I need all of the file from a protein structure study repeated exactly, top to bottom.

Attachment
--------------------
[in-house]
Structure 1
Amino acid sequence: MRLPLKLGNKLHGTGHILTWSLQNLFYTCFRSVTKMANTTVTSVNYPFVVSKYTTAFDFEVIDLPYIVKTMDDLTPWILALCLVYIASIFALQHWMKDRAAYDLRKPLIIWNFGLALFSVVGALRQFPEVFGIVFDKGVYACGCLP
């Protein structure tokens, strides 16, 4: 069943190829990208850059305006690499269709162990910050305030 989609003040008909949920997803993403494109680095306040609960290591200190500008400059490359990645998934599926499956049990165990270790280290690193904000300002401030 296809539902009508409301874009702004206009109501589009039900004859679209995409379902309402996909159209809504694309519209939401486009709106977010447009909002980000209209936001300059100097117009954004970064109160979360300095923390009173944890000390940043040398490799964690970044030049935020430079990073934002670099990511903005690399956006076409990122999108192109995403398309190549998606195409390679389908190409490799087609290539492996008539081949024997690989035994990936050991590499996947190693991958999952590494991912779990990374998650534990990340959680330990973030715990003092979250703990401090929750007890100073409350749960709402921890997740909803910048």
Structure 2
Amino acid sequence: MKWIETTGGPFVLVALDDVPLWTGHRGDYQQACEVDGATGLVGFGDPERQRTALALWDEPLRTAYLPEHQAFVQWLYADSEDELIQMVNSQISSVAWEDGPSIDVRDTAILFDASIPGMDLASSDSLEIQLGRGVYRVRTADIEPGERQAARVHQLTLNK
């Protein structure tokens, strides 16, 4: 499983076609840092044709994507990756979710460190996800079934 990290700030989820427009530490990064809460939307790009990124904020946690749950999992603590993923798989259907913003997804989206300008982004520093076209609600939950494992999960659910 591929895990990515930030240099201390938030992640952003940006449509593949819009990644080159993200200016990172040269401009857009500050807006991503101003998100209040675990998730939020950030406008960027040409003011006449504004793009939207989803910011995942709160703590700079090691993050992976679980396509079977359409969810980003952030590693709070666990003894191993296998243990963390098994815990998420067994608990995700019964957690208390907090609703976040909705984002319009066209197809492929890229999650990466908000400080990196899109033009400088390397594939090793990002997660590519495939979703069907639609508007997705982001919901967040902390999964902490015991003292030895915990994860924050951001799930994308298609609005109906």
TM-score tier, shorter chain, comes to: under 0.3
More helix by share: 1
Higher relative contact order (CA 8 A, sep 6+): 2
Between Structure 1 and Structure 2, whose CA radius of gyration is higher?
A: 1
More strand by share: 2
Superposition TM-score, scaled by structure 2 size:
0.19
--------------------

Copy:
[in-house]
Structure 1
Amino acid sequence: MRLPLKLGNKLHGTGHILTWSLQNLFYTCFRSVTKMANTTVTSVNYPFVVSKYTTAFDFEVIDLPYIVKTMDDLTPWILALCLVYIASIFALQHWMKDRAAYDLRKPLIIWNFGLALFSVVGALRQFPEVFGIVFDKGVYACGCLP
């Protein structure tokens, strides 16, 4: 069943190829990208850059305006690499269709162990910050305030 989609003040008909949920997803993403494109680095306040609960290591200190500008400059490359990645998934599926499956049990165990270790280290690193904000300002401030 296809539902009508409301874009702004206009109501589009039900004859679209995409379902309402996909159209809504694309519209939401486009709106977010447009909002980000209209936001300059100097117009954004970064109160979360300095923390009173944890000390940043040398490799964690970044030049935020430079990073934002670099990511903005690399956006076409990122999108192109995403398309190549998606195409390679389908190409490799087609290539492996008539081949024997690989035994990936050991590499996947190693991958999952590494991912779990990374998650534990990340959680330990973030715990003092979250703990401090929750007890100073409350749960709402921890997740909803910048």
Structure 2
Amino acid sequence: MKWIETTGGPFVLVALDDVPLWTGHRGDYQQACEVDGATGLVGFGDPERQRTALALWDEPLRTAYLPEHQAFVQWLYADSEDELIQMVNSQISSVAWEDGPSIDVRDTAILFDASIPGMDLASSDSLEIQLGRGVYRVRTADIEPGERQAARVHQLTLNK
């Protein structure tokens, strides 16, 4: 499983076609840092044709994507990756979710460190996800079934 990290700030989820427009530490990064809460939307790009990124904020946690749950999992603590993923798989259907913003997804989206300008982004520093076209609600939950494992999960659910 591929895990990515930030240099201390938030992640952003940006449509593949819009990644080159993200200016990172040269401009857009500050807006991503101003998100209040675990998730939020950030406008960027040409003011006449504004793009939207989803910011995942709160703590700079090691993050992976679980396509079977359409969810980003952030590693709070666990003894191993296998243990963390098994815990998420067994608990995700019964957690208390907090609703976040909705984002319009066209197809492929890229999650990466908000400080990196899109033009400088390397594939090793990002997660590519495939979703069907639609508007997705982001919901967040902390999964902490015991003292030895915990994860924050951001799930994308298609609005109906």
TM-score tier, shorter chain, comes to: under 0.3
More helix by share: 1
Higher relative contact order (CA 8 A, sep 6+): 2
Between Structure 1 and Structure 2, whose CA radius of gyration is higher?
A: 1
More strand by share: 2
Superposition TM-score, scaled by structure 2 size:
0.19